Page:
AQA Unit 1 -Lipids, Diffusion, Osmosis, Active transport, Cholera and Oral Rehydration Therapy

Just some notes from the Nelson Thorne AQA AS Biology book.. (the fish one).
Hope it helps, good luck for retakers !! =D

HideShow resource information
  • Created by: Henna
  • Created on: 13-05-12 14:10
Preview of AQA Unit 1 -Lipids, Diffusion, Osmosis, Active transport, Cholera and Oral Rehydration Therapy

First 404 words of the document:

3.4 Lipids
- Contain carbon, hydrogen and oxygen,
- The proportion of carbon to hydrogen is smaller.
- They are in soluble in water.
- They are soluble in organic solvents like alcohol.
Role of lipids
Their main role is in the plasma membrane. Phospholipids provide flexibility in the membrane and allow the
transport of lipids soluble.
Energy store, when oxidised when lipids give more energy than carbohydrates,
Waterproofing, lipids are insoluble so they are good for waterproofing, plants, and insects
have waxy cuticle layers. Humans have an oily secretion in their skin glands.
Insulation, fats are slow conductors of heat. So when it is stored it helps to retain body heat.
Protection, fat is stored around the delicate organs, like kidneys.
Fats are solid at room temperature, but oils are liquid. Triglycerides are called this as they
have three (tri) fatty acids and a glycerol. Each glycerol forms a bond with the glycerol
through condensation reaction.
There are over 70 fatty acids and they all have a carboxyl group (-COOH) with a
hydrocarbon group on the end. If the chain has no ©-© double bonds then it is saturated as all the carbons are
liked to all the possible hydrogen. If there are a few double bonds in carbon (C=C), it is called unsaturated.
Phospholipids are similar to triglycerides but they do not have three fatty acid heads but two with a
phosphate group.
- They have a hydrophilic head which is attracted to water.
- They have a hydrophilic tail which is not attracted to water, it moves away from it.
The molecules have said to be polar, this means when in water they arrange themselves so that the
head is in the water and the tail is away from it.
Test for lipids
1. Take a grease free tube, take 2cm3 of sample and add 5cm3 of ethanol.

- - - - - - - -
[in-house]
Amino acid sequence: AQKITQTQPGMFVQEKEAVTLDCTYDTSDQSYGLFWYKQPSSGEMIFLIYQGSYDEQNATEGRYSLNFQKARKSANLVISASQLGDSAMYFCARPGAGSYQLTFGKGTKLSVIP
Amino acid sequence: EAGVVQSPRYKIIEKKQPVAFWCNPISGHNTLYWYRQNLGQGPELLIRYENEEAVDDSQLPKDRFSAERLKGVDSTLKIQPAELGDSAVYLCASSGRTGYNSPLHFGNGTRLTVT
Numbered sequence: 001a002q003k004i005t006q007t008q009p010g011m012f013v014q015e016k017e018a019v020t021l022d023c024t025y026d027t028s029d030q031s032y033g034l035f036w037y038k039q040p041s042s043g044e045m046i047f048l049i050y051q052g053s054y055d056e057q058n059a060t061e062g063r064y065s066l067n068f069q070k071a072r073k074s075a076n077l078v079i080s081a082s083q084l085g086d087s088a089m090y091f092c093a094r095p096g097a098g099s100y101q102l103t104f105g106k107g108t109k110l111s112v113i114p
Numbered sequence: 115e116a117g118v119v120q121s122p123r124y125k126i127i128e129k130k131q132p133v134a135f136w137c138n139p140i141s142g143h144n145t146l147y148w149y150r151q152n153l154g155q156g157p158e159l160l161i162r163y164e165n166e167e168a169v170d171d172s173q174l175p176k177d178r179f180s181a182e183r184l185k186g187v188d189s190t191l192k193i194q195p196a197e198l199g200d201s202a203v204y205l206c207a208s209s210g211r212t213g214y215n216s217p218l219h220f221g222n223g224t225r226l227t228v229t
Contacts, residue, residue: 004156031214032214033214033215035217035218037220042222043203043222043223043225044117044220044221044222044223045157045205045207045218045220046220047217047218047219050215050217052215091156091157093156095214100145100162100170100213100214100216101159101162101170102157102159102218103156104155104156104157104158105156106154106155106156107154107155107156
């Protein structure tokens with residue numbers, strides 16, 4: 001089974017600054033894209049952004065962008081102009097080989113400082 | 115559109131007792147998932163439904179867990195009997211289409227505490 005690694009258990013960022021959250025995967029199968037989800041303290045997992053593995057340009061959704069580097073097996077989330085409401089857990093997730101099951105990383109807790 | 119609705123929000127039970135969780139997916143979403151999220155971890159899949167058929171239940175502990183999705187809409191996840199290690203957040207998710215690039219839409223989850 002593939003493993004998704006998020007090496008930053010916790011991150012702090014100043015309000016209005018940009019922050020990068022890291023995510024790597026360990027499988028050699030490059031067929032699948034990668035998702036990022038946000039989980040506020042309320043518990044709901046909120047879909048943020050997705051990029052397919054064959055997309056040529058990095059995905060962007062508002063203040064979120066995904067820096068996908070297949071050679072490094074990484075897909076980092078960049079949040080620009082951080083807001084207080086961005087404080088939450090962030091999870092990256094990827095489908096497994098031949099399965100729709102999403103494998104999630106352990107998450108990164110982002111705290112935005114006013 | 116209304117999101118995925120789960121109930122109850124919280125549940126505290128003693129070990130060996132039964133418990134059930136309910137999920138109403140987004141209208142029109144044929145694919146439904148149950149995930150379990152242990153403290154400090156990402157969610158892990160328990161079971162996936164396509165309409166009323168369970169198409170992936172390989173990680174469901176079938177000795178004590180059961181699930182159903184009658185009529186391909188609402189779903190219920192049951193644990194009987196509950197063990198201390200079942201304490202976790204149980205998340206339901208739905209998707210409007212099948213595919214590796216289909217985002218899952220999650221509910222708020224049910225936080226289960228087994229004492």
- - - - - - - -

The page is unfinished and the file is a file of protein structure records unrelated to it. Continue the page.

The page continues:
2. Shake the tube to dissolve the sample.
3. Add 5cm3 of water and shake gently.
4. If a lipid is present, a cloudy white colour appears in the sample.
3.5 The cell-surface membrane
All membranes in the have the basic cell membrane the plasma membrane.
It surrounds the cell and creates a boundary from the cell cytoplasm and movement of

Other pages in this set

Page 2

Preview of page 2

Here's a taster:

One layer of phospholipids with the heads outwards and tails pointing in, then the tails of another
phospholipid facing the other way (Picture).
Only lipid soluble can move through the membrane, the function of the membrane:
-Allows lipid-soluble substances to enter and leave the cell.
-Prevents water-soluble substances entering or leaving the cell.
-Makes the membrane in flexible.
Are arranged randomly, they occur in two ways:
- Extrinsic proteins, these are on the surface or partly inside.…read more

Page 3

Preview of page 3

Here's a taster:

When the particles are all evenly places it is called dynamic equilibrium.
Rate of diffusion
Concentration gradient as the greater the distance of concentration between ions and the exchange surface
the bigger the faster the diffusion rate.
Area over which diffusion takes place, the larger the area of an exchange surfaces the faster the rate of
Thickness of exchange surface, the thinner the exchange surfaces the faster the rate of diffusion.…read more

Page 4

Preview of page 4

Here's a taster:

The more solute which is added the more negative the solution goes to.
- Water will move from a region of higher (less negative) to a water potential of a lower of (more negative).
To find the water potential of cells, is to put them in a series of different water potentials. When there is no
net movement the external water potential is the same as the internal water potential.…read more

Page 5

Preview of page 5

Here's a taster:

Villi and microvilli
Glucose is absorbed by the small intestine by the finger-like projections villi, they have their walls and they lined
with epithelial cells, on the other side is a rich network of blood capillaries. They increase the surface area and
therefore increase the rate of absorption.
Villi are situates in between the lumen and the intestines, they are part of a specialised exchange surface. Villi
increase the levels of absorption by:
- Increasing the surface area for diffusion.…read more

Page 6

Preview of page 6

Here's a taster:

A flagella is a rigid
corkscrew which is rotating to make it move through fluids
Inside the cell the cell surface membrane, contains 70s type ribosomes, these are larger in eukaryotes, but
they still synthesis proteins. Bacteria stores glycogens in granules and oil droplets. The genetic material is in
circular plasmids, but the main part it DNA which are just in stands and not membrane bound. They can
reproduce to give bacteria resistance to chemicals (like antibiotics).…read more

Page 7

Preview of page 7

Here's a taster:

Water can be replaced by using a drip, but this requires a trained person to do this. A solution is to have a fluid
which can trigger normal water balance.
- Water, to rehydrate the tissues.
- Sodium, to replace the lost sodium ions but also to make use of the sodium-glucose carrier protein.
- Glucose, to stimulate the uptake of sodium ions in to the intestine and to provide energy.
- Potassium, to replace the lost ones and to make more an appetite.…read more


No comments have yet been made

Similar Biology resources:

See all Biology resources »See all resources »